Gomenasai (ごめんなさい) is perhaps one of the first words that you will learn when you become interested in the Japanese language. But, gomenasai has many variants that offer us many possibilities to say, “I’m sorry.” Below, we will learn some of the other variations of an apology, their meaning, and when to use them.
Informal and Formal Version
The word gomenasai is considered the dictionary form that means “I’m sorry,” and can be used as a formal apology. However, the shortened word, gomen (ごめん), is also heard frequently in daily life. Children and young people use this abbreviation as a colloquial way to ask for forgiveness. People also use it when they are in a hurry or as a gentle form of expression among friends or relatives.
Feminine Version of Gomenasai
In almost every language, the younger generation change words in many ways. For example, the phrase gomenasai became modified into gomen, and from there, became gomen-ne (ごめんね).
This phrase is most commonly used by women and frequently heard from teenage pop idols. This form of an apology can be interpreted as sweet and cute, which can appeal to an audience if trying to gain sympathy.
Masculine Version of Gomenasai
One of the curiosities of the Japanese language is how they deal with gender – small changes can be made without changing the root of the original word. Again, we jump from gomen-ne to gomen-na (ごめんな). Men most commonly use this phrase and is considered a ‘masculine’ form of an apology. Said in this way, one can casually deliver an abbreviated apology while sounding attractive to the ear.
Other Ways to Use Gomenasai
Gomenasai is not the only way to say “sorry.” For instance, when we use sumimasen in Japanese, it’s another way to apologize or ask for one’s attention. However, gomenasai is one of the fundamental words Japanese children learn from an early age. Japanese culture focuses on showing deep respect and consideration for other people’s own space. That is why gomenasai is taught at an early age and used in any critical situation where it’s appropriate to offer an apology.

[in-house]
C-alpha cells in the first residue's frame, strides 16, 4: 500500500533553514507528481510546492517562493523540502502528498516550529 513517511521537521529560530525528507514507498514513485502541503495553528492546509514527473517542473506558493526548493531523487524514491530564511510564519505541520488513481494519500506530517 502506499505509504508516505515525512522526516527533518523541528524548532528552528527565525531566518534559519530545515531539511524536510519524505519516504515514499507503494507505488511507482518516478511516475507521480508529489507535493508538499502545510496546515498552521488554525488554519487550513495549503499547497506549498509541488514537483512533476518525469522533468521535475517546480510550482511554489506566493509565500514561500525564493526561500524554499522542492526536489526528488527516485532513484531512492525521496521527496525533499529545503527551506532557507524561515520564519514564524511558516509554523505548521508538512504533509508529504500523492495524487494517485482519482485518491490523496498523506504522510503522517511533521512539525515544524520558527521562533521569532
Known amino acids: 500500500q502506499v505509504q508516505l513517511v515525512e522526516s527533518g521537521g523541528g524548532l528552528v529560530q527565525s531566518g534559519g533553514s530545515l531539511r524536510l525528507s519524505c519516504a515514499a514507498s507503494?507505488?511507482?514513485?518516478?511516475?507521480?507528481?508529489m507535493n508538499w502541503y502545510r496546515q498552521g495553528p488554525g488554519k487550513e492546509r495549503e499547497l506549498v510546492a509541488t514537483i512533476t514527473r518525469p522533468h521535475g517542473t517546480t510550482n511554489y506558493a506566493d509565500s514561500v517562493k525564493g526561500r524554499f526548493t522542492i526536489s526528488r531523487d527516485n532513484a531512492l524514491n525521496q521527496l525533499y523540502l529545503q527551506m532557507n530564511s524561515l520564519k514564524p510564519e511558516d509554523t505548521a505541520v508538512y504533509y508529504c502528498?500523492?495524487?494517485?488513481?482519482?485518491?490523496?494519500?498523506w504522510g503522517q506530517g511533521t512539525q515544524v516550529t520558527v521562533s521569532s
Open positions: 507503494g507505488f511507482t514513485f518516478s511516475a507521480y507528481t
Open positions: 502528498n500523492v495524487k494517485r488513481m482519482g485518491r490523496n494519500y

Two useful ways to use gomenasai are the following ones:
Gomen kudasai (ごめんください) is a mix of “I’m sorry” with “Please.” Together, they form the phrase, “Please, sorry for the inconvenience.”
This phrase is useful when:
- Visiting someone’s house and want to say “May I come in?” in good manners.
- Trying to catch the attention of the general public before making a request. For example, when a group of students are collecting donations in the streets, they may use this phrase.
The expression, Hontouni gomenasai (本当にごめんなさい) means: hontouni = “truly”, gomenasai = “apology.” Together, it conveys a deeply remorseful apology. You may hear it on the news when someone takes responsibility for a mistake that affected many people. For instance, if a company finds an error in its production line, the company representative will bow deeply in front of the press and say hontouni gomenasai. In this way, the responsible person acknowledges the mistake and shows the desire to correct it.
In addition to apologizing, we can use gomenasai within a conversation as a way to show empathy. It would imply a subtle “I understand your situation” or “My thoughts are with you”. It is also a neutral expression that helps to relax a heavy atmosphere without showing direct or personal opinions. For example, it would be appropriate to use gomenasai when we are told of someone’s death, about an accident or illness.
I hope these sentences are useful to you on your visit to Japan. They might help you improve your knowledge of the culture or satisfy your curiosity about the Japanese language. Until next time!
Traducción: Maria Peñascal